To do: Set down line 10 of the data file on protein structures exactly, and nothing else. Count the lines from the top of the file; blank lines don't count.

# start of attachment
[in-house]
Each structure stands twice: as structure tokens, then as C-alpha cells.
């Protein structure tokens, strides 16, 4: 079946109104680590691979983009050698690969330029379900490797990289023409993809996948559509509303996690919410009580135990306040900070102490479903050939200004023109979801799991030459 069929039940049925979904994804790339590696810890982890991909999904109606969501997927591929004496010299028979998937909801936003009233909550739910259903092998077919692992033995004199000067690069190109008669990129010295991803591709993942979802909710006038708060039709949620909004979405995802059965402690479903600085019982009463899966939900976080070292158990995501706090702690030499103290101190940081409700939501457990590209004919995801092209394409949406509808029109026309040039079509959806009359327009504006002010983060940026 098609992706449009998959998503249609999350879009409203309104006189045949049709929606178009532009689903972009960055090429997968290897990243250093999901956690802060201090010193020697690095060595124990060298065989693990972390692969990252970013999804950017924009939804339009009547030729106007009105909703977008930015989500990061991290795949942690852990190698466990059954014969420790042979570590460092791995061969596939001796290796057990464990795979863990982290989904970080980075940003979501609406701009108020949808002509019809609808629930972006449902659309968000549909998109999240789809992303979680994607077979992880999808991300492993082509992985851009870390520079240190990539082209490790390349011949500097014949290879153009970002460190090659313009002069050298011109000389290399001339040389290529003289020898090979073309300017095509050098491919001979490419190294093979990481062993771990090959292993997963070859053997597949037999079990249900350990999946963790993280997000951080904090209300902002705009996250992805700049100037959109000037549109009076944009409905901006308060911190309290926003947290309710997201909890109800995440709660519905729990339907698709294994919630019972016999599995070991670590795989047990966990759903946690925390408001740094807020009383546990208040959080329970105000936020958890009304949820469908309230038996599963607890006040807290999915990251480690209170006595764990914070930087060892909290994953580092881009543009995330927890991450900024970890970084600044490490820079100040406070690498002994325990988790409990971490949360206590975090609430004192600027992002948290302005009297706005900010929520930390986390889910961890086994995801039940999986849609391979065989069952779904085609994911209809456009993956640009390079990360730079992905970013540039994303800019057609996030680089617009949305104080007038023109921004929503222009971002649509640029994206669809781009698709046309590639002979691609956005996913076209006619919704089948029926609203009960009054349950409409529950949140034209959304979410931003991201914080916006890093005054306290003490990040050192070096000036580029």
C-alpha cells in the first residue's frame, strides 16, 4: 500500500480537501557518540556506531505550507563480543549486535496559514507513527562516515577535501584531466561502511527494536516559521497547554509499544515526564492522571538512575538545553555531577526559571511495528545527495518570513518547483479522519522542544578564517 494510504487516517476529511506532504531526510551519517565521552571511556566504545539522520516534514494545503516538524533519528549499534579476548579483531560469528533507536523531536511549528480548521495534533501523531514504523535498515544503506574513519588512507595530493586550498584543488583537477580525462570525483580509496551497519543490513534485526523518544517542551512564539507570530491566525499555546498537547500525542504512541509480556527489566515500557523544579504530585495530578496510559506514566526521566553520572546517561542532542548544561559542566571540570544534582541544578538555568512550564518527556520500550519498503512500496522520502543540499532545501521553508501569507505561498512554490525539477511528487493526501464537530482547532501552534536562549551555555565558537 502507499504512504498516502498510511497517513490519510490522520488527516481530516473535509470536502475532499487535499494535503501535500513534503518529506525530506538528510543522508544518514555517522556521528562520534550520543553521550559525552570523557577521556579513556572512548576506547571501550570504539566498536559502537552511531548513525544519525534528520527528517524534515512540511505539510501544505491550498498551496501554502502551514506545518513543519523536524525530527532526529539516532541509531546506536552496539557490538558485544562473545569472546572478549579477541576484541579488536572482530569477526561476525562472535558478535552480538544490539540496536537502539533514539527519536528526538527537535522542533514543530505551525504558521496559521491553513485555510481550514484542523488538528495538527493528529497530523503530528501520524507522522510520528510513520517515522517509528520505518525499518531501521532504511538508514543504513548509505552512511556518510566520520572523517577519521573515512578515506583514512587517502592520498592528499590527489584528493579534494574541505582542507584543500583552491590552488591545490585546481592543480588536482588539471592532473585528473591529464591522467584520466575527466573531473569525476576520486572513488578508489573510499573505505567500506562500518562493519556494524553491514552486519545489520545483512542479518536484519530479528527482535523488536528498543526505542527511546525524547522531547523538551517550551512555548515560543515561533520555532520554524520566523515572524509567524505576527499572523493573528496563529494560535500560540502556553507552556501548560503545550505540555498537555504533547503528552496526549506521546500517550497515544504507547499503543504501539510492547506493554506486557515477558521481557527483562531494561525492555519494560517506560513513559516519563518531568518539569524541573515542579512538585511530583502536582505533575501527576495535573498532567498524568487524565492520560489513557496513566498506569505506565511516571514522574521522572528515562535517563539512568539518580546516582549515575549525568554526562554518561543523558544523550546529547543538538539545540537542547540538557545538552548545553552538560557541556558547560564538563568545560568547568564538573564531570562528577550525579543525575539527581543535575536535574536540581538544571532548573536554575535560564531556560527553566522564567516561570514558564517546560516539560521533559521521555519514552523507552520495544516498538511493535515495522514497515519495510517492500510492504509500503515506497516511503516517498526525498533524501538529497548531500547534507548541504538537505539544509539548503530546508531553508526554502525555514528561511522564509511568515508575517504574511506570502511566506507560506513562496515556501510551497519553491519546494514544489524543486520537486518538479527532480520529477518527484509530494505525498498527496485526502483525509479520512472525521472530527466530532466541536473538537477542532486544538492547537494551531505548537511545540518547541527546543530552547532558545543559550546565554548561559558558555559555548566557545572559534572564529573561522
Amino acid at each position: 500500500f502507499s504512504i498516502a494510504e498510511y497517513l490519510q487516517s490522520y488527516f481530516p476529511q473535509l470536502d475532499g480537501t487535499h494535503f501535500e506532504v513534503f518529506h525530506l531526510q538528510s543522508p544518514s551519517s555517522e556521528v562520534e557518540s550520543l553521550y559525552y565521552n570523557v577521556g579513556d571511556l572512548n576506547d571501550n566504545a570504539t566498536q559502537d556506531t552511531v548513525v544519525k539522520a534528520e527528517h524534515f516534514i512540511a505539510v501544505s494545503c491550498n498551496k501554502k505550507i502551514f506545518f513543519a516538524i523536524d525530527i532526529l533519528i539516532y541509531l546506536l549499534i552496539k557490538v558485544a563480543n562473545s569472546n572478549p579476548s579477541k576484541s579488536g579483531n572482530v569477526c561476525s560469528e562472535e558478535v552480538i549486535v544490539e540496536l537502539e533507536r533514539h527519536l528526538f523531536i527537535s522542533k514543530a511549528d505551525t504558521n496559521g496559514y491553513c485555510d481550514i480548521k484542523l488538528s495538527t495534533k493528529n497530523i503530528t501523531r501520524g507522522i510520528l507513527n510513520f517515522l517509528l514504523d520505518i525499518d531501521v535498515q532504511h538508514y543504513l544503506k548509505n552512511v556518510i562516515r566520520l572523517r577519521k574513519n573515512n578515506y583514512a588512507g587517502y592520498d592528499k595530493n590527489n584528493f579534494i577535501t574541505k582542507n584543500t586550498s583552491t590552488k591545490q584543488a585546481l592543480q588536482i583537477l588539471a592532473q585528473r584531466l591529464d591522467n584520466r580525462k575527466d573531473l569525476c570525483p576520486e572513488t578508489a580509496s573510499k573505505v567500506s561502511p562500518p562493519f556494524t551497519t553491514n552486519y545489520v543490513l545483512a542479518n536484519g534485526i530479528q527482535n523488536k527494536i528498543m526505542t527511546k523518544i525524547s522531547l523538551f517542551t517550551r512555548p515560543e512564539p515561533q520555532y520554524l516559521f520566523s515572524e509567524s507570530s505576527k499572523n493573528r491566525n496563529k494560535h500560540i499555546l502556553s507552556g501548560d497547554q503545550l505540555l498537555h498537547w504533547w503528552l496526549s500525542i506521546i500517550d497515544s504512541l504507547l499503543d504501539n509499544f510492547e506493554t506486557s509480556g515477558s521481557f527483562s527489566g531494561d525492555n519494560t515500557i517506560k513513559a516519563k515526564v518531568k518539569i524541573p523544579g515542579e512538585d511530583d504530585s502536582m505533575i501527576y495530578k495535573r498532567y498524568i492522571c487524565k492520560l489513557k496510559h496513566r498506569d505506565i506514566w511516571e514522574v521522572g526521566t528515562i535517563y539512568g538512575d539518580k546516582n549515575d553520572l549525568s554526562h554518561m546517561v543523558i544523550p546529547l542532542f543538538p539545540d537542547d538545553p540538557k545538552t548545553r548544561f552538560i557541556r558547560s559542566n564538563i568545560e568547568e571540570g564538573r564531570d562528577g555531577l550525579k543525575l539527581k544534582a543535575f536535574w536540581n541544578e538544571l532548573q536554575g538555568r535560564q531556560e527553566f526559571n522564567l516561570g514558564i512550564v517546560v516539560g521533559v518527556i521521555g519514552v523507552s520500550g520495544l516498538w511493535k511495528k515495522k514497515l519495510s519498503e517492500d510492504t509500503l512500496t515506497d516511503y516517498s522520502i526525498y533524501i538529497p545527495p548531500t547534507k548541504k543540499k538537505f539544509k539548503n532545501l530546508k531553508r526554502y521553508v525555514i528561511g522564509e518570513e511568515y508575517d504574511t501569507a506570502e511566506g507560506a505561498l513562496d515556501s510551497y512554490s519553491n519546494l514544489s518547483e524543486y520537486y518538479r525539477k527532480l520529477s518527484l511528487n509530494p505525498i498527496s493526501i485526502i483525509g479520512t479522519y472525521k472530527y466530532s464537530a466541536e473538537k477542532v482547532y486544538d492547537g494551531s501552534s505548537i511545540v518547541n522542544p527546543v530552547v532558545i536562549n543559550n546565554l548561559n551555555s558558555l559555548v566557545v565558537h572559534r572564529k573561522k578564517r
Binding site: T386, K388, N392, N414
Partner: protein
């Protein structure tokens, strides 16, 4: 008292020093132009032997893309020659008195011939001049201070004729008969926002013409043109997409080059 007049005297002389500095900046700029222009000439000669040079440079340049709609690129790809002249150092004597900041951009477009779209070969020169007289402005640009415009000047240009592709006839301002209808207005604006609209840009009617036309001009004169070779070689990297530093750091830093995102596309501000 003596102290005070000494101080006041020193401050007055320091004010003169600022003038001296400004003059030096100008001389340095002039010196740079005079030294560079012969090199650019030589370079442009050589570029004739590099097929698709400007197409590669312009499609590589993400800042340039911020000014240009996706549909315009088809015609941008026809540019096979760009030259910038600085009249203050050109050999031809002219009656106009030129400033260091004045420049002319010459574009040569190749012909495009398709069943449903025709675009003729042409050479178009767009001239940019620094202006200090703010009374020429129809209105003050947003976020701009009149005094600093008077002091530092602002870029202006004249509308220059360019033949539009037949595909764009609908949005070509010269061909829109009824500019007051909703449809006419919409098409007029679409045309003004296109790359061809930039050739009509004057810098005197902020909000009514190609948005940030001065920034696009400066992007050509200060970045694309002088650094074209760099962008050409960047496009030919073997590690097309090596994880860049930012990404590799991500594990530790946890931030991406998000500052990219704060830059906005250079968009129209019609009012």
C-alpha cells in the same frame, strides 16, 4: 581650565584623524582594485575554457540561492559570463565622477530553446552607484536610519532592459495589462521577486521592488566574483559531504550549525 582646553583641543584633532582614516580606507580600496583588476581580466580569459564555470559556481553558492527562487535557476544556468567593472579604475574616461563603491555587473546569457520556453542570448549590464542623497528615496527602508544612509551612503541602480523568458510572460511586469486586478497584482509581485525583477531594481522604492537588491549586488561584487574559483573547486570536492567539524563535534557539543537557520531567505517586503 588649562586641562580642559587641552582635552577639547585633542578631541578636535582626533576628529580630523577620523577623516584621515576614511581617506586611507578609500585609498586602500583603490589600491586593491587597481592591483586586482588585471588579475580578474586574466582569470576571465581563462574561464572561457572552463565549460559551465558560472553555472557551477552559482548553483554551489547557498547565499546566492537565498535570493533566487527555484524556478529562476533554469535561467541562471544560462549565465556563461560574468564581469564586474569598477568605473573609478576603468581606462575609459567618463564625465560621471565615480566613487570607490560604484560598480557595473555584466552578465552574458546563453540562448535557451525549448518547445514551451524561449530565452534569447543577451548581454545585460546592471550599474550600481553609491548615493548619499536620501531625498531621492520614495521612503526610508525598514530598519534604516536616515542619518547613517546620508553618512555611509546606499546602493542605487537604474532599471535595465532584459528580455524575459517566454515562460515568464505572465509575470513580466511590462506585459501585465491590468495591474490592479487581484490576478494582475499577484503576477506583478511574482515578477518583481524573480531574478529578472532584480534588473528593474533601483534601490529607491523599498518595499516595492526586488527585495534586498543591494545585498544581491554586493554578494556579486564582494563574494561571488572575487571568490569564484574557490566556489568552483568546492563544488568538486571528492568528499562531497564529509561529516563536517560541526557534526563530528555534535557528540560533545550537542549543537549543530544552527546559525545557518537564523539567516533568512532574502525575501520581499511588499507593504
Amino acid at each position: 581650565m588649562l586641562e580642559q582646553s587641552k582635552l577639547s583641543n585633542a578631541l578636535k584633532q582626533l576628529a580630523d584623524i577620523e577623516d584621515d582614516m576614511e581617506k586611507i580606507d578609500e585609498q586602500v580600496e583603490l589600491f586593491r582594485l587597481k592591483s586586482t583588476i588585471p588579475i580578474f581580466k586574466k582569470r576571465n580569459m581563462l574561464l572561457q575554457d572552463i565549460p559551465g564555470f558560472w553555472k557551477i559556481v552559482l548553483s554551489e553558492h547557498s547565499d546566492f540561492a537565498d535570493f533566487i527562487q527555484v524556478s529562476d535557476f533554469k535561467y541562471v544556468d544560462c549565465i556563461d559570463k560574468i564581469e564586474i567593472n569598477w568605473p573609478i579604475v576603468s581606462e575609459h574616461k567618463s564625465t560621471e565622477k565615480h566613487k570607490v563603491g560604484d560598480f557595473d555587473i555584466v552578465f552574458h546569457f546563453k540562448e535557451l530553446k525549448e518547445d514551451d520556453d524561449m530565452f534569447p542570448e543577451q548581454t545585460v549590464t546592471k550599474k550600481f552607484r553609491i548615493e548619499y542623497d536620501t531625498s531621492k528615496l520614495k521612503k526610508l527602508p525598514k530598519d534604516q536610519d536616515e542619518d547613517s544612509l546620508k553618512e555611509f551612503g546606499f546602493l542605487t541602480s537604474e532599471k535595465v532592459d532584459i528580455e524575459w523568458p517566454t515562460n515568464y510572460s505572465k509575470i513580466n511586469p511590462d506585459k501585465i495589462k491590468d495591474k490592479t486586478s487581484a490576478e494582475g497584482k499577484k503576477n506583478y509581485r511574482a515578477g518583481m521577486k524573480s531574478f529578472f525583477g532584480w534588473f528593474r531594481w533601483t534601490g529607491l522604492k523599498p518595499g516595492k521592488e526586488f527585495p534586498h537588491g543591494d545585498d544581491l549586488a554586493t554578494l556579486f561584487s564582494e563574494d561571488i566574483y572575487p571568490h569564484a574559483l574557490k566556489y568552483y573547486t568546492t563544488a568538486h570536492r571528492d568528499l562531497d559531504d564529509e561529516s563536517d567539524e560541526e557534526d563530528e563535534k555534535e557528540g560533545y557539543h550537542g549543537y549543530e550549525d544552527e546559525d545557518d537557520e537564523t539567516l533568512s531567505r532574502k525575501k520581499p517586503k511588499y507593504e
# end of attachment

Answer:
Amino acid at each position: 581650565m588649562l586641562e580642559q582646553s587641552k582635552l577639547s583641543n585633542a578631541l578636535k584633532q582626533l576628529a580630523d584623524i577620523e577623516d584621515d582614516m576614511e581617506k586611507i580606507d578609500e585609498q586602500v580600496e583603490l589600491f586593491r582594485l587597481k592591483s586586482t583588476i588585471p588579475i580578474f581580466k586574466k582569470r576571465n580569459m581563462l574561464l572561457q575554457d572552463i565549460p559551465g564555470f558560472w553555472k557551477i559556481v552559482l548553483s554551489e553558492h547557498s547565499d546566492f540561492a537565498d535570493f533566487i527562487q527555484v524556478s529562476d535557476f533554469k535561467y541562471v544556468d544560462c549565465i556563461d559570463k560574468i564581469e564586474i567593472n569598477w568605473p573609478i579604475v576603468s581606462e575609459h574616461k567618463s564625465t560621471e565622477k565615480h566613487k570607490v563603491g560604484d560598480f557595473d555587473i555584466v552578465f552574458h546569457f546563453k540562448e535557451l530553446k525549448e518547445d514551451d520556453d524561449m530565452f534569447p542570448e543577451q548581454t545585460v549590464t546592471k550599474k550600481f552607484r553609491i548615493e548619499y542623497d536620501t531625498s531621492k528615496l520614495k521612503k526610508l527602508p525598514k530598519d534604516q536610519d536616515e542619518d547613517s544612509l546620508k553618512e555611509f551612503g546606499f546602493l542605487t541602480s537604474e532599471k535595465v532592459d532584459i528580455e524575459w523568458p517566454t515562460n515568464y510572460s505572465k509575470i513580466n511586469p511590462d506585459k501585465i495589462k491590468d495591474k490592479t486586478s487581484a490576478e494582475g497584482k499577484k503576477n506583478y509581485r511574482a515578477g518583481m521577486k524573480s531574478f529578472f525583477g532584480w534588473f528593474r531594481w533601483t534601490g529607491l522604492k523599498p518595499g516595492k521592488e526586488f527585495p534586498h537588491g543591494d545585498d544581491l549586488a554586493t554578494l556579486f561584487s564582494e563574494d561571488i566574483y572575487p571568490h569564484a574559483l574557490k566556489y568552483y573547486t568546492t563544488a568538486h570536492r571528492d568528499l562531497d559531504d564529509e561529516s563536517d567539524e560541526e557534526d563530528e563535534k555534535e557528540g560533545y557539543h550537542g549543537y549543530e550549525d544552527e546559525d545557518d537557520e537564523t539567516l533568512s531567505r532574502k525575501k520581499p517586503k511588499y507593504e